She wasn’t someone I had had in my sights the first time I laid eyes upon her. She was quiet and unassuming. It was a crowded restaurant where we found ourselves meeting for the first time. There was a group of people surrounding us, all of whom were new to me then.
It was her birthday.
She had this amazing smile that would damn near literally light up the room she was in. Her laughter struck that perfect balance, being neither overly loud nor nearly inaudible. It was genuine mirth, the kind that gladdens your heart and lifts your spirits, no matter how bleak the day had been for you.
We would later travel together across the sea. It was a trip of necessity more than anything else. I learned that she was a person of few words. She spoke very little, in fact, but she listened with her great heart in a way that many of us have forgotten. She would remember the things you said long after you yourself had forgotten the words.
Circumstances allowed us to see each other more often after that. I would visit her when she fell ill, bringing the comfort of my company to her doorstep. I took the train once to buy her food and drink while work occupied her. I took the bus many times more to meet her for meals in the midst of a metropolis of millions.
By then, I knew I had fallen for this girl.
Another birthday rolled around. I sent her a long, heartfelt message about the things we’d been through and the things to which we could look forward. She thanked me for the “beautiful message”. I keep her reply – one among a good many others – in my phone till this very day.
Eventually life took us along different paths. My responsibilities as a senior staff member at work demanded more, much more out of me. Sometimes, I felt like it asked more of me than I would ever be able to give.
The two of us grew up, grew apart, but we were never truly separated. I found there was solace to be had even in the shortest of meetings, the simplest of meals and the occasional, surreptitious exchange of text messages at times throughout the day. Simple comforts.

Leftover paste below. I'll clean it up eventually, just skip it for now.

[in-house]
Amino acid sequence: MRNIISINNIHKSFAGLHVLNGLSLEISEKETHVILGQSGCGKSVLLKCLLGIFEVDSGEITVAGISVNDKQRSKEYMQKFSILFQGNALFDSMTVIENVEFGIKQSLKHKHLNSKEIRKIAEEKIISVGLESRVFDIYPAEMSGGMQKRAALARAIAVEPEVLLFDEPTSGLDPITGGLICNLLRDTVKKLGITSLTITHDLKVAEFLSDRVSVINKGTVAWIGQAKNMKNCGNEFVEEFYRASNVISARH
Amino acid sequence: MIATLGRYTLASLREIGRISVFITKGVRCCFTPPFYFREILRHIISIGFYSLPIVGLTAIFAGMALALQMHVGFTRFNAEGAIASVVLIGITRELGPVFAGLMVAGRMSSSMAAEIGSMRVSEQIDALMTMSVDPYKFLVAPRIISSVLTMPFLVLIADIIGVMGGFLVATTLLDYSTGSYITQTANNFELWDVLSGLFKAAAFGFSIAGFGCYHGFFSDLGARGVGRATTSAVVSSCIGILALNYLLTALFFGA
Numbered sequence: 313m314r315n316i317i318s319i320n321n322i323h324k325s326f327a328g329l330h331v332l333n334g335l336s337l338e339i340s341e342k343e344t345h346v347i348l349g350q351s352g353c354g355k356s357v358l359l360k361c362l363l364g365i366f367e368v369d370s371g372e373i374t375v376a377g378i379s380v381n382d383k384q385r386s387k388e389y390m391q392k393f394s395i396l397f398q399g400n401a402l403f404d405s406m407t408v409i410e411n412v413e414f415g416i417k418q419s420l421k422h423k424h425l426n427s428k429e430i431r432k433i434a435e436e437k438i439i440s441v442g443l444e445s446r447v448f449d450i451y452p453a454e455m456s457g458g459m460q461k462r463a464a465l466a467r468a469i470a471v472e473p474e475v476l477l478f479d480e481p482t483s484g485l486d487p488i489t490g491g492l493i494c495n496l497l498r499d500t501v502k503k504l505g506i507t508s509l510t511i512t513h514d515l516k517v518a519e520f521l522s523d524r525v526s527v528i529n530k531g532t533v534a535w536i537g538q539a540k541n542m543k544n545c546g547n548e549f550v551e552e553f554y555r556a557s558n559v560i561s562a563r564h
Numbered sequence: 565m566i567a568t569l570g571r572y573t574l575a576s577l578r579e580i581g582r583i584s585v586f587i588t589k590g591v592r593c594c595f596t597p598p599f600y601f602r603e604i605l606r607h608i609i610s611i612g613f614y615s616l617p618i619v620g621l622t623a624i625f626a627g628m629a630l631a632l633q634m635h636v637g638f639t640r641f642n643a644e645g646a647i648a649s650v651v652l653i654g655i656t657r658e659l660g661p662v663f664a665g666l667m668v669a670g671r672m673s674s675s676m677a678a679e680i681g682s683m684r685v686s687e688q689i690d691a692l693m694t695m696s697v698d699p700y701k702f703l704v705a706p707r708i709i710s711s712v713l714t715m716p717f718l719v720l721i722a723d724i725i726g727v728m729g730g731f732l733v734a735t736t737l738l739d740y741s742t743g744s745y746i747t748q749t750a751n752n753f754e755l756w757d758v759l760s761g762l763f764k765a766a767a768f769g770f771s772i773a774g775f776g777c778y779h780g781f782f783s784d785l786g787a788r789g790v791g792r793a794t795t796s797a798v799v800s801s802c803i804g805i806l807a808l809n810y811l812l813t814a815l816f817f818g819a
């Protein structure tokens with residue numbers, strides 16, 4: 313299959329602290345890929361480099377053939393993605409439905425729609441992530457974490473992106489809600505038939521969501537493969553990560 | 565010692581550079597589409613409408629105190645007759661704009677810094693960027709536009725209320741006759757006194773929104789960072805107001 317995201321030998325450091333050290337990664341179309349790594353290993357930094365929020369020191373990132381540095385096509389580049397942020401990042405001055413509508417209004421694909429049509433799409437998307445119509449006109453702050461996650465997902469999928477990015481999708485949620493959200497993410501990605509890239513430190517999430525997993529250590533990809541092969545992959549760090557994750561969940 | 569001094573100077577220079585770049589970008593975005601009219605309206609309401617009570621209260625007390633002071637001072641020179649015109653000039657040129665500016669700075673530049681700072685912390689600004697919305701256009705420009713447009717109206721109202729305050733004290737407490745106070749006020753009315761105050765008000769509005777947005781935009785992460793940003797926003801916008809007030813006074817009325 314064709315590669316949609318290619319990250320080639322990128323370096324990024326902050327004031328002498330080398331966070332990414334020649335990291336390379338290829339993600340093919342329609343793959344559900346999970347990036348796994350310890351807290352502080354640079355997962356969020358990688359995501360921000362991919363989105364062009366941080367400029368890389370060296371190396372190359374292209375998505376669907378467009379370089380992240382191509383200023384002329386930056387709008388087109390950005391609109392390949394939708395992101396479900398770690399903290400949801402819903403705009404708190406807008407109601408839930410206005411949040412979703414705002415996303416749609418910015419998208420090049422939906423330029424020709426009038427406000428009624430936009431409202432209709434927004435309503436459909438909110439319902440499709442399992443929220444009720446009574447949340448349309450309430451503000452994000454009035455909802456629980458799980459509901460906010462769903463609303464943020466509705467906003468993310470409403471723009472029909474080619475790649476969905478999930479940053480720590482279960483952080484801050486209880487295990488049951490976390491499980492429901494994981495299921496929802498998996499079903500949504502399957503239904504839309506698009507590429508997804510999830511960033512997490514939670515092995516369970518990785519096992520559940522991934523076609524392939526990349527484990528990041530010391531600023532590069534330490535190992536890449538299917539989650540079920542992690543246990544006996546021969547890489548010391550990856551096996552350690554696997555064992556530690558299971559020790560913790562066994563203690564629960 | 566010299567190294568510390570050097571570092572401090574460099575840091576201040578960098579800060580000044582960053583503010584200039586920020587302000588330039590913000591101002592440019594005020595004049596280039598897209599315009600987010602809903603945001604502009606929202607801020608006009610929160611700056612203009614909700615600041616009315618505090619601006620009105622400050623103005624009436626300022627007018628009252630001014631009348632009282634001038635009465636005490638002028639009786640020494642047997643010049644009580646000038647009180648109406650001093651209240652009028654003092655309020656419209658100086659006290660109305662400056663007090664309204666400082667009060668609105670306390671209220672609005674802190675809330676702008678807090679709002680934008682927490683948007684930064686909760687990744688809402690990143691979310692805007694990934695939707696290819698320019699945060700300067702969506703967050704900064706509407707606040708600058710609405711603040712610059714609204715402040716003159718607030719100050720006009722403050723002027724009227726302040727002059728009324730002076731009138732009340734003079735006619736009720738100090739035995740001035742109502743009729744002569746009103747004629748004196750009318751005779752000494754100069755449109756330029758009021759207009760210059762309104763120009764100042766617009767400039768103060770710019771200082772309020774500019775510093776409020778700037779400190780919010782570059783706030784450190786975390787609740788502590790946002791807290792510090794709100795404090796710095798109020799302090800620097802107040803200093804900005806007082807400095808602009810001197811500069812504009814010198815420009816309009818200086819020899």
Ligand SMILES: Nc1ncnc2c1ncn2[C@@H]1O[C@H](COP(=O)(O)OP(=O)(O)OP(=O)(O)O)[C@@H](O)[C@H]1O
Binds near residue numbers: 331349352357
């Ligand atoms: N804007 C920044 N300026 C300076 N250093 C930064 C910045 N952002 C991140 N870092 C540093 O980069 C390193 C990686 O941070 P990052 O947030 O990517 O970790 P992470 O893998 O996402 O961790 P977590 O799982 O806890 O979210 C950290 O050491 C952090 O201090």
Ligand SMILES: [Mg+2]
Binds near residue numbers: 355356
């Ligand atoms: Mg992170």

It was enough, I said to myself. I was content, happy.
But life was harsh on her as well. I was close enough with her that I was privy to some of her darkest moments. I worried that the bitterness would overcome and take the best of her. I stood steadfast and encouraged her along, knowing full well she had the potential and promise to achieve the lofty aims and ambitions she had set for herself.
Sometimes though, I would be reminded that she didn’t see me the same way. In times like these, I was moody, bitter and petty. I’ve said and did things to her that I regret even until today. Yet she forgave me, though I always had to work hard to earn that from her.
These days though, we’ve grown distant. Whether by conscious effort or subconscious desire, no longer does she see me in the same light as before. Messages sent go unreplied for days. Her mood is dark, her mind clouded by unspoken troubles. Our bonds of friendship have weakened.
I should have known such things were not meant to last, as they never do.
I confronted her, demanding a reason for things to have changed, so soon and so suddenly it seemed in my mind. A change in her outlook on life, she reasoned. It was an answer as telling as it was vague, and it was all I was getting out of her.
Now all I feel is a dull anger, a seething bitterness. I blamed her for being untrue, for not valuing the many things I’d done for her. In equal measure I blamed myself too, for being immature, unable to move on, held back and weeping for the nostalgia of times long past.
Every time someone else makes her laugh I am reminded of the way things used to be and I sink a little deeper into this alternating cycle of blame and self-loathing.
It’s sad, it’s pathetic and I hate feeling this helpless in the face of my passions. Rational thought compels me that the mature course of action would be to leave this baggage behind and move on, but my heart remains bound by these emotional shackles.
Two years ago I fell in love with a girl. I don’t regret the times I’ve been with her, or the close bond we shared. I just wish the memories didn’t hurt so damn much.